This copywriting tip is absolutely timeless because of how much it inspires us all (as online creators) to be original. That’s about as foundational as you can get with writing advice.

Giving your own insights, unique thoughts, additional expertise, and new perspectives on something will give you that edge you need to stand out in today’s sea of content.

Seth Godin’s timeless advice is all about writing copy without fluff, which in his words he calls “weasel words.” They do not add any value or flesh to your story, but makes it bland and dull.

Be vivid. Tell a story. Don’t be bland. @ThisIsSethsBlog Be inspired by Seth and 56 other #copywriters Click To Tweet

2. “Swap places with your readers.” – Ann Handley

According to Ann, in her book “Everybody Writes,” you need to swap places with your readers to get a feeling of what goes through their minds while reading your copy.

Is your point clearly brought out throughout your copy?

Is your tone honest?

Have you been hooked into the content despite it being of no interest to you?

Did you enjoy reading it?

If you answer yes to all the above questions, then your copy is ready for the reader, otherwise, revise it.

Create a lasting impression in your readers’ minds by writing interesting, factual and memorable content.

Swap places with your readers. - @annhandley This & 56 other bits of wisdom from top #copywriters in our blog Click To Tweet

3. “Where a web page is the terrain, the copywriter’s the tour guide, instructor, concierge, maître d’, and of course, sales clerk. If the copy can’t seal the deal, it must offer something compelling to start some sort of relationship.” – Barry Feldman

Write compelling content that is good enough to lock in your prospects. Even if they don’t buy now, they can buy in the future.

Feldman recommends writing engaging content that converts: here are the copywriting strategies that work to retain your prospects.

4. “Copywriting with passion, creating a shared, emotional experience of desire, delight, excitement, and awe, is the primary challenge all copywriters face.” – Aaron Orendorff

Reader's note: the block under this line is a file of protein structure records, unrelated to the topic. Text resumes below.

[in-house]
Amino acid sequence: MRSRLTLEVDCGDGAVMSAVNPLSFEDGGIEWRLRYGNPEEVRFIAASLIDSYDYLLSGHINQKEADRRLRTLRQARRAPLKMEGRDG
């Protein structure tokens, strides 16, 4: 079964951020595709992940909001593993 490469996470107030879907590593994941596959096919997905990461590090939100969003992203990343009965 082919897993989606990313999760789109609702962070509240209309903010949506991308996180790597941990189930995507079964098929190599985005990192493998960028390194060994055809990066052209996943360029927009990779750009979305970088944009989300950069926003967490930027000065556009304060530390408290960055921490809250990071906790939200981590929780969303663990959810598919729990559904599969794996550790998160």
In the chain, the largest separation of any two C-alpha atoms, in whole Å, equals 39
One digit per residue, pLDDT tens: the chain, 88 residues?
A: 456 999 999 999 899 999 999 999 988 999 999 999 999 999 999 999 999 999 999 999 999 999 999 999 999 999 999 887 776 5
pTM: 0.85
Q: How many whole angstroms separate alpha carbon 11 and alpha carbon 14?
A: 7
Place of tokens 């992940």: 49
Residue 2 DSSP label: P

Just like any other profession, it takes passion for you to succeed in your field.

Passionate copywriting can help you create exciting, delightful and compelling copy that will leave your readers wanting more.

5. “Begin your bullets with dynamic action words, and keep them brief and punchy.” – Casey Demchak

Add powerful bullets in your copy, beginning them using action words while keeping them sharp and short.

Bullets are always a must in our Write Blog posts to make every long-form content easier to read.

Source: Express Writers

6. “Decide the effect you want to produce in your reader.” – Robert Collier

Whether you are a direct mail or self-help copywriter, Robert Collier is a name that should ring a bell. He was prominent in the copywriting field and lived between 1885 and 1950.

Collier is best known for his book, “The Secret of the Ages,” that he published in 1926 and sold over 300,000 copies in his lifetime. He’s a legend in faith, abundance, visualization, desire, and of course, copywriting.

Collier’s books sold for millions of dollars. He shared and explained the direct-mail letters he wrote and why they were successful in his book ‘The Robert Collier Letter Book.

How did he manage to write many successful sales letters?

He explained the secret to his success as a copywriter: you must first decide on the effect you want your copy to have on your audience even before you can start writing.

What kind of feeling or emotion do you want to trigger in your audience? Could it be flattery, envy or pride? Any of these trigger words should get you started in selecting the right effect you want on your reader upon reading your copy.

With the chosen effect or emotion in mind, write to invoke that specific feeling. Start out with intensive research to kick-off your writing for a pre-determined emotion in your audience.

7. “Show your product in use.” – Victor Schwab

Schwab kicked-off his career as a secretary and lived from 1898 to 1980. He worked for Maxwell Sackheim at Rathrauff & Ryan’s.

He successfully improved Sackheim’s copy and that saw him get promoted to a copywriter position. That’s how he became “the greatest mail-order copywriter of all time.”

Schwab was a deep researcher and used coded coupon ads to track his outcomes. He evaluated his copy appeals, calls to action, headlines, copy length and split runs.

He created comics for Dale Carnegie, Sherwin Cody (Classic English Courses) and Charles Atlas, a bodybuilder, as a content marketer.

Source: Do You Make These Mistakes in English?: The Story of Sherwin Cody’s Famous Language School PDF